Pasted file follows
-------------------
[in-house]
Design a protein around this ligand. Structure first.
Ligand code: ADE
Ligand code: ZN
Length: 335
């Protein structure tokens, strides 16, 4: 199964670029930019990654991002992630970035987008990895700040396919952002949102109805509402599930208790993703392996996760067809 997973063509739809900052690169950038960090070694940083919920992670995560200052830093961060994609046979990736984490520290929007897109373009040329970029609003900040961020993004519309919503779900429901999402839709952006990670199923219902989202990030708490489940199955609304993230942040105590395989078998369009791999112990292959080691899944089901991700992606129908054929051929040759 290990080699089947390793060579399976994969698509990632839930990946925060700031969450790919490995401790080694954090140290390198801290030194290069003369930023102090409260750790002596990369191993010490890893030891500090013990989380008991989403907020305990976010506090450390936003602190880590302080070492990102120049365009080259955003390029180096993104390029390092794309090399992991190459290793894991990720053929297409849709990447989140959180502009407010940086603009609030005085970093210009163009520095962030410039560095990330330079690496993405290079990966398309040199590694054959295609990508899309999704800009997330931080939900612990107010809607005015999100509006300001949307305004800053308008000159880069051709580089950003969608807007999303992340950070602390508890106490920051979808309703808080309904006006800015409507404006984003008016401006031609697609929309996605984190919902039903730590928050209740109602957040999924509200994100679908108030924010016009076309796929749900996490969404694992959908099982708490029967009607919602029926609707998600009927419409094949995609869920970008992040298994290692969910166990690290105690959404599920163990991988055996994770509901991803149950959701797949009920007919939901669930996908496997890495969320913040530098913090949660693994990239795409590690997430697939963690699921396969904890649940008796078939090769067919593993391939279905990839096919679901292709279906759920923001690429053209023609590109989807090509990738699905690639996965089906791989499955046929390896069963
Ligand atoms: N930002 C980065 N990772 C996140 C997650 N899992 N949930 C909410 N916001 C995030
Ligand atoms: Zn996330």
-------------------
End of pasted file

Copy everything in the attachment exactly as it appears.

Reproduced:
[in-house]
Design a protein around this ligand. Structure first.
Ligand code: ADE
Ligand code: ZN
Length: 335
């Protein structure tokens, strides 16, 4: 199964670029930019990654991002992630970035987008990895700040396919952002949102109805509402599930208790993703392996996760067809 997973063509739809900052690169950038960090070694940083919920992670995560200052830093961060994609046979990736984490520290929007897109373009040329970029609003900040961020993004519309919503779900429901999402839709952006990670199923219902989202990030708490489940199955609304993230942040105590395989078998369009791999112990292959080691899944089901991700992606129908054929051929040759 290990080699089947390793060579399976994969698509990632839930990946925060700031969450790919490995401790080694954090140290390198801290030194290069003369930023102090409260750790002596990369191993010490890893030891500090013990989380008991989403907020305990976010506090450390936003602190880590302080070492990102120049365009080259955003390029180096993104390029390092794309090399992991190459290793894991990720053929297409849709990447989140959180502009407010940086603009609030005085970093210009163009520095962030410039560095990330330079690496993405290079990966398309040199590694054959295609990508899309999704800009997330931080939900612990107010809607005015999100509006300001949307305004800053308008000159880069051709580089950003969608807007999303992340950070602390508890106490920051979808309703808080309904006006800015409507404006984003008016401006031609697609929309996605984190919902039903730590928050209740109602957040999924509200994100679908108030924010016009076309796929749900996490969404694992959908099982708490029967009607919602029926609707998600009927419409094949995609869920970008992040298994290692969910166990690290105690959404599920163990991988055996994770509901991803149950959701797949009920007919939901669930996908496997890495969320913040530098913090949660693994990239795409590690997430697939963690699921396969904890649940008796078939090769067919593993391939279905990839096919679901292709279906759920923001690429053209023609590109989807090509990738699905690639996965089906791989499955046929390896069963
Ligand atoms: N930002 C980065 N990772 C996140 C997650 N899992 N949930 C909410 N916001 C995030
Ligand atoms: Zn996330």